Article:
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Re: Rhinogobius flumineus

Postby odyssey » Thu Oct 30, 2014 8:28 am

mikev wrote:Do you have any sense where mine might have come from?

I can't judge the habitat only by having looked, but may judge it to be it if possibly I taste.
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Re: Rhinogobius flumineus

Postby mikev » Thu Oct 30, 2014 8:50 am

:(

Your underwater clip is fantastic btw.
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Re: Rhinogobius flumineus

Postby mikev » Wed Jan 07, 2015 2:09 pm

They lay a small number of large eggs.


Seem correct (How do I know this? :D ), but "small number" is actually more than I've seen with diospilus or zhoui.... and the fry is not uber-sensitive like same zhoui, it seems.

Work in progress, happy end is not guaranteed.... :(

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Image
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Re: Rhinogobius flumineus

Postby odyssey » Wed Feb 04, 2015 10:50 am

The incubation of the egg, congratulations.!!
I look forward to future growth.
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Re: Rhinogobius flumineus

Postby mikev » Wed Feb 04, 2015 11:52 am

Thank you!

The eggs are now > 15mm, running around, very fat and very nasty to each other, much worse than other rhino fry I've had. I lost some, but not too bad.

I'll show the babies when I have a chance.
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Re: Rhinogobius flumineus

Postby mikev » Sat Mar 21, 2015 12:59 am

OK... here is the update: the babies are at 1" now, cannot be sexed yet, but look like real fish. Growth much slower now, I'd think at least six months to adulthood.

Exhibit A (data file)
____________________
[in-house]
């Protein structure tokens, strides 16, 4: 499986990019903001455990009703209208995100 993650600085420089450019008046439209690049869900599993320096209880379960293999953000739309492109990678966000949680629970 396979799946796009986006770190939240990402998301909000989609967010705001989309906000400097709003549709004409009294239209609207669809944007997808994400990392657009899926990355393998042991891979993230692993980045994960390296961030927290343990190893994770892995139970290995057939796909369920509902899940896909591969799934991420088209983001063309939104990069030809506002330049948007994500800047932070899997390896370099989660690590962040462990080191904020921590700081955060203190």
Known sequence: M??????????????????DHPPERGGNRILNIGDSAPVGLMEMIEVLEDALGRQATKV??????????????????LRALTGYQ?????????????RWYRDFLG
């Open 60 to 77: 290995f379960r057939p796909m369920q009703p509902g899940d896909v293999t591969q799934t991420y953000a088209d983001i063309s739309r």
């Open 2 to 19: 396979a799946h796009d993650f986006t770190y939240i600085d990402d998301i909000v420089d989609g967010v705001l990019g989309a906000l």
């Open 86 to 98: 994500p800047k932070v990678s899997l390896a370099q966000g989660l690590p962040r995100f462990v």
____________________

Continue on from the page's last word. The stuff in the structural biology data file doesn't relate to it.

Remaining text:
There was a second spawn, and near total disaster :(
The male decided not to service it .. so I removed the eggs very early, two days after the spawn... this is very bad, of course, but no choice... the result was many premature hatches (all died) plus sudden rapid fungus outbreak (despite me using anti-fungal)... anyway, out of about 30 eggs (not all fertilized) I only ended up with 8 normal hatches... and at least five normally developing babies (hard to see in this tank, maybe more).

Not the worst result but could have been better.
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Re: Rhinogobius flumineus

Postby odyssey » Sat Mar 21, 2015 1:57 am

Hi mikev!

I do celebration of their having grown up to 1 inch.
I do condolences of the second breeding having been exterminated.
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Re: Rhinogobius flumineus

Postby mikev » Sat Mar 21, 2015 10:09 am

Thanks, Odyssey,

They do seem easier to breed than average rhinogobius....more often in the mood and not too picky about breeding spots... and giving them grindals clearly has a positive effect on breeding.

Meanwhile, I'm in a state of fear for a few days.... one of the rhinos in another group, r.henchuenensis is missing since yesterday.... they were behaving unusually for a couple of days before (courting)... so either he is sitting on the eggs somewhere deep inside the tank where i cannot see or he is dead ... and I cannot search the tank since if it is the former I cannot risk spooking him. :(
I've been waiting for this for two years... got to wait a week now. :(